In any case, most of the previous flights’ pilots had switched off autopilot early and done their own thing. Flat ice plains weren’t too sexy. The ticketholders were paying for smooth precision flying over amazing terrain. It became standard operating procedure, therefore, for the pilots to do their own thing.
As innocuous as it sounds, this was the first step toward the disaster of flight 901.
19 days before the flight to Antarctica, Capt. Jim Collins and his co-pilot, Greg Cassin, both experienced airline pilots with ample time flying the DC-10, attended a flight briefing which essentially confirmed the long-standing error: autonavigation would bring the plane to McMurdo Sound, where specific land masses, features and landmarks would be visible. At that point, Collins and Cassin would be able to take it on manual, drop the plane’s altitude, and give the airline’s paying customers the show they’d paid their money for.
Mere hours before the flight, someone in Air New Zealand’s navigational section “corrected” the autonavigation program. No one had complained about the error, but it had still been flagged as an error by the pilot of a previous flight. Why not fix it?
But since it had become standard operating procedure to disengage autopilot short of the final waypoint in the navigational program – basically, because everyone in the company was doing their own thing – the person responsible for changing the coordinates of the nav program did his own thing: he didn’t notify the flight crew. TE901 took off from Auckland, and once the manual flying to get the plane from the tarmac to safe cruising speed and altitude had been accomplished, Collins did what every single one of his predecessors had done: he handed the flight over to the autopilot.
On the left, you’ll see the navigation program used by previous flights. On the right, you’ll see the navigation program fed into the computer aboard flight 901.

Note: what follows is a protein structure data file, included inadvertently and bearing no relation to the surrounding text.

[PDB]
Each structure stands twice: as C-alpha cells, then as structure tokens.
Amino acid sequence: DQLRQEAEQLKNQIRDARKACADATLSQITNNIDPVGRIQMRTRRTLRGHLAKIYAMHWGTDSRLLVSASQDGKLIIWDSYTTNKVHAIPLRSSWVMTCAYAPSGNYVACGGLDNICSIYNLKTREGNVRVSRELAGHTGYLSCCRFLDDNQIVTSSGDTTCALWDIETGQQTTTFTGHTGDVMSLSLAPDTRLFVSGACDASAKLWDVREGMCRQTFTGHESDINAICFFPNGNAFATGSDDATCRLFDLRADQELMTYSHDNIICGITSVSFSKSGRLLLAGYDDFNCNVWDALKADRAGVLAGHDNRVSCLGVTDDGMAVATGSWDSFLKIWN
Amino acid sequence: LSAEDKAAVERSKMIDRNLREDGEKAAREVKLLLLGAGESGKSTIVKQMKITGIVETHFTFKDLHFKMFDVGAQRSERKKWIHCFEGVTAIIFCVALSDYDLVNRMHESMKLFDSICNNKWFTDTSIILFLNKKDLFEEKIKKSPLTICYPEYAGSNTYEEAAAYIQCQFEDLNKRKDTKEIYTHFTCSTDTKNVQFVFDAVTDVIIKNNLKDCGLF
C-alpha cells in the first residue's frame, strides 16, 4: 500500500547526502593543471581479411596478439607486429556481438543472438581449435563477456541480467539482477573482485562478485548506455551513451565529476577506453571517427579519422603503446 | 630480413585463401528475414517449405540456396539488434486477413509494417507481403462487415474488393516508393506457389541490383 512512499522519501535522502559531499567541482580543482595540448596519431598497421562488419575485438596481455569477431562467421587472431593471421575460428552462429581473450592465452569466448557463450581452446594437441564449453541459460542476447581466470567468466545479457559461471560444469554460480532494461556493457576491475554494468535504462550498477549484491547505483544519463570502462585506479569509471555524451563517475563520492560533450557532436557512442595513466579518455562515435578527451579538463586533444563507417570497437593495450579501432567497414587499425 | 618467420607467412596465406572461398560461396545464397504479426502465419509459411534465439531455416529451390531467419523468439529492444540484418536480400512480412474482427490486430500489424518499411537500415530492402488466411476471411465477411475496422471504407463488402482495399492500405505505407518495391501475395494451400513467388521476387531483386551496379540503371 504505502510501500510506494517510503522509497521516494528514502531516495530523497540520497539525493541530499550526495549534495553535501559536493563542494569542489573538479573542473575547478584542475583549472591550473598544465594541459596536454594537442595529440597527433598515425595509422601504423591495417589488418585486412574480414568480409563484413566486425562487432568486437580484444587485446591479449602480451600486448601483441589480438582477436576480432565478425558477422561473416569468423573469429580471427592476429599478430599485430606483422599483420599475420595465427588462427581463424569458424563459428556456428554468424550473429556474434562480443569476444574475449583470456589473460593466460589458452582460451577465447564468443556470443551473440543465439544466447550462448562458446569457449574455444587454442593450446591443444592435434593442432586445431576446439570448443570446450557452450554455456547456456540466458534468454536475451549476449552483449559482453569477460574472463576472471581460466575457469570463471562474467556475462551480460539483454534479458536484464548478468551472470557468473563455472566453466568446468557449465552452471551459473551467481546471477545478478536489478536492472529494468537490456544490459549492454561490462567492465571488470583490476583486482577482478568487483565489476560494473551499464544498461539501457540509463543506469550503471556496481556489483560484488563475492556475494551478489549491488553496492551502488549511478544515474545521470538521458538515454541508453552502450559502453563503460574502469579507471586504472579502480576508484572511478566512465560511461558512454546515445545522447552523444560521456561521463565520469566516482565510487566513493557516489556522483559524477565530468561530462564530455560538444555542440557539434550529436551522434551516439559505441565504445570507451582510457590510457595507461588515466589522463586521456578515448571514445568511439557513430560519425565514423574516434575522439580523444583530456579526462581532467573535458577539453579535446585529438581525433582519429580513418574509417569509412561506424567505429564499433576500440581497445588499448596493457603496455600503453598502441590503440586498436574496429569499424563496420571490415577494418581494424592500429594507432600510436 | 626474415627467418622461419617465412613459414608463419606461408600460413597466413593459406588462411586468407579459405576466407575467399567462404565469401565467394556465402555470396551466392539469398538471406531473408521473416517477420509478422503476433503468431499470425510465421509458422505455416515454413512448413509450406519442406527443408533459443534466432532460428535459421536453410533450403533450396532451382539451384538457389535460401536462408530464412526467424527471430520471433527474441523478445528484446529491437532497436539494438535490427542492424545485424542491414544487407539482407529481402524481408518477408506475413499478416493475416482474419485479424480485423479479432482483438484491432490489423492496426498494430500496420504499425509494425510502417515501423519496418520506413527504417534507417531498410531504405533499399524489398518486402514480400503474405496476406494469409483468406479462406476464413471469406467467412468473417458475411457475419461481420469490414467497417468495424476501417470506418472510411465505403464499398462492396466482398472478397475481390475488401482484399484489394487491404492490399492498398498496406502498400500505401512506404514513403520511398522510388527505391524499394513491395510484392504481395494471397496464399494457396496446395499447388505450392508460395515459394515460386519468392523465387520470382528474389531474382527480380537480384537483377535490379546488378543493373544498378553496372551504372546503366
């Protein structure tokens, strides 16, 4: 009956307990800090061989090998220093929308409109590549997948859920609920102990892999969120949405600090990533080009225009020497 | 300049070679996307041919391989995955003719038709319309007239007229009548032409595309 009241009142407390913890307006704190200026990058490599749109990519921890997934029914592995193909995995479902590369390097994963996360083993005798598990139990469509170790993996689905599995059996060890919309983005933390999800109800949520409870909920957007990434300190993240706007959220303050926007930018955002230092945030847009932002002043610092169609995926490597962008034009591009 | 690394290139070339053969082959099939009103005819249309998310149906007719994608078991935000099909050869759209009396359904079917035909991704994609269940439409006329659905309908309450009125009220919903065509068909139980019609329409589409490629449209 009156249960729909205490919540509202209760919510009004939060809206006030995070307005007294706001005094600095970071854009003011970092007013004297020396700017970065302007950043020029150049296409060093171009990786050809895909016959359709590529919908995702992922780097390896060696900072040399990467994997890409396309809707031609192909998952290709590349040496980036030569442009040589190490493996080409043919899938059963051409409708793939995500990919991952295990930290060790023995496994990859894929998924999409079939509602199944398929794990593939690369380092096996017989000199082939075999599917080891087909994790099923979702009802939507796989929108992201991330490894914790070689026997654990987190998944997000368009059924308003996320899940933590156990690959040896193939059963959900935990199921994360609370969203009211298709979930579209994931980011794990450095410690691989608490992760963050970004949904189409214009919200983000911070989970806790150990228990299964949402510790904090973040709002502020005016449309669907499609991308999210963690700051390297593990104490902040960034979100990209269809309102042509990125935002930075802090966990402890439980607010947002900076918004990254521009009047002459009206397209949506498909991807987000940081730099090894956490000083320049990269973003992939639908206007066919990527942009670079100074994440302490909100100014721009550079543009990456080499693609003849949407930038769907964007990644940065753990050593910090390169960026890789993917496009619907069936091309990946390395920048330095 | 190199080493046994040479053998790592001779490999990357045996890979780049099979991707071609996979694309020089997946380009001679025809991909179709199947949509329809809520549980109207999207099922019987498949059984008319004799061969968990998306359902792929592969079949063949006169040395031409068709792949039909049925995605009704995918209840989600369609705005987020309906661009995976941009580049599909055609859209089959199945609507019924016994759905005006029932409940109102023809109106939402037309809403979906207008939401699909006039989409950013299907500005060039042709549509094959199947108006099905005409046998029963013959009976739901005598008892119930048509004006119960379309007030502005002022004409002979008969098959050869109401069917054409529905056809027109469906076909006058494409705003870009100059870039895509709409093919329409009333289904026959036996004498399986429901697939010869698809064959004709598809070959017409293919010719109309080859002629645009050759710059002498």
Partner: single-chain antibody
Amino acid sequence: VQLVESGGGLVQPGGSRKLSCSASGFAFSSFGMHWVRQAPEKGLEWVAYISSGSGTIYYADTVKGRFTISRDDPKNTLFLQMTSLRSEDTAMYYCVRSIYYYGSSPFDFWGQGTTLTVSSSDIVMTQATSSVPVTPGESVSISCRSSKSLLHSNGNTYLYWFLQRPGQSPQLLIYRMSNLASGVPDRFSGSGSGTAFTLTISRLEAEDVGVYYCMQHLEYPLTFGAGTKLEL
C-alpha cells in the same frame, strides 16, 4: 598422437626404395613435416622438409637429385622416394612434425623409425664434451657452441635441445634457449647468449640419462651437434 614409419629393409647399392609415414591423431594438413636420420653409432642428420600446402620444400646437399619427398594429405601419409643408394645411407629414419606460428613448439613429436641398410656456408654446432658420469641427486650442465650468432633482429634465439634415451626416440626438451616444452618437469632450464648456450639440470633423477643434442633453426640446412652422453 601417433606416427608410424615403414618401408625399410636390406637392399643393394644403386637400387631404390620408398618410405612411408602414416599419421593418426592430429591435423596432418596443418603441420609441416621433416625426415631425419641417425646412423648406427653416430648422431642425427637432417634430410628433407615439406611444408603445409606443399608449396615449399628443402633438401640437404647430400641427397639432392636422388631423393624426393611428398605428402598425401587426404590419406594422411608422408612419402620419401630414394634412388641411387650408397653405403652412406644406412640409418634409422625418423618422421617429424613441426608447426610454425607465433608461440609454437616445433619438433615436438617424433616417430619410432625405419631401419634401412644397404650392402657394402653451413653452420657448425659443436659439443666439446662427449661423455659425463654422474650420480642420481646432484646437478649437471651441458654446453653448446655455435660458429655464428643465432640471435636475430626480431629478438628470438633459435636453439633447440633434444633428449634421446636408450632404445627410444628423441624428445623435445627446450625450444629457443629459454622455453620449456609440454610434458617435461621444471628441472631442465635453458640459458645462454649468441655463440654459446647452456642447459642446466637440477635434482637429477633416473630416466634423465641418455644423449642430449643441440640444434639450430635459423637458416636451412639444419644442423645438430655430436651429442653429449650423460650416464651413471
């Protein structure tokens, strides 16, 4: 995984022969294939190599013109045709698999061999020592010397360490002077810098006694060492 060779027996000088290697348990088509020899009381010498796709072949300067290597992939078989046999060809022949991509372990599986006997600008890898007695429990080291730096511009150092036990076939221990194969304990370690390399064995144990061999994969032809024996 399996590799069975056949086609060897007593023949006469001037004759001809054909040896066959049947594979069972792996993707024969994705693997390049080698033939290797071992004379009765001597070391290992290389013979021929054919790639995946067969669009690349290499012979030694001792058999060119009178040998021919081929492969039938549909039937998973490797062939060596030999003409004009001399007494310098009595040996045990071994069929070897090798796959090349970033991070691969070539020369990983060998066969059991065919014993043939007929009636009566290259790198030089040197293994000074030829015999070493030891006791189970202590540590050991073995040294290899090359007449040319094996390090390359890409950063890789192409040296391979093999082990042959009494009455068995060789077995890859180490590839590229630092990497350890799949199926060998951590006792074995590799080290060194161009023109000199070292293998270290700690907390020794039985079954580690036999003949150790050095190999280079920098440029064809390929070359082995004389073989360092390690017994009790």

This resulted in a change of the entire angle of approach for flight 901. The change from 16448.0 east to 16658.0 east looks small at first when plotted on a map, but when plotted out to its logical, mathematical conclusion, the result was as follows (map originally published at stuff.co.nz):
Since no one notified Collins and Cassin, they were – in their own way – “programmed” to expect a flight into McMurdo Sound.
Pilots did their own thing on previous flights by changing course early. A navigational engineer did his own thing by “fixing” the program flying the plane, assuming that the pilots would keep doing their own thing; the endpoint wouldn’t matter because autopilot would have been disengaged by then. Right?
Wrong. Oh so wrong. So many people got it wrong, but took it upon themselves to fix it. Because it feels good to be self-reliant and be the guy who fixes the problem, right? Pat yourself on the back.
And then you either make enough noise to have the error corrected at the institutional level, with proper notification given to all affected parties, to protect the next pilot…
…or you say a prayer for the next pilot it’s going to happen to.
Tomorrow’s entry: the crew continues flying a textbook flight, unaware that the textbook has been switched out on them. Their only warning of impending doom? The words “PULL! UP!”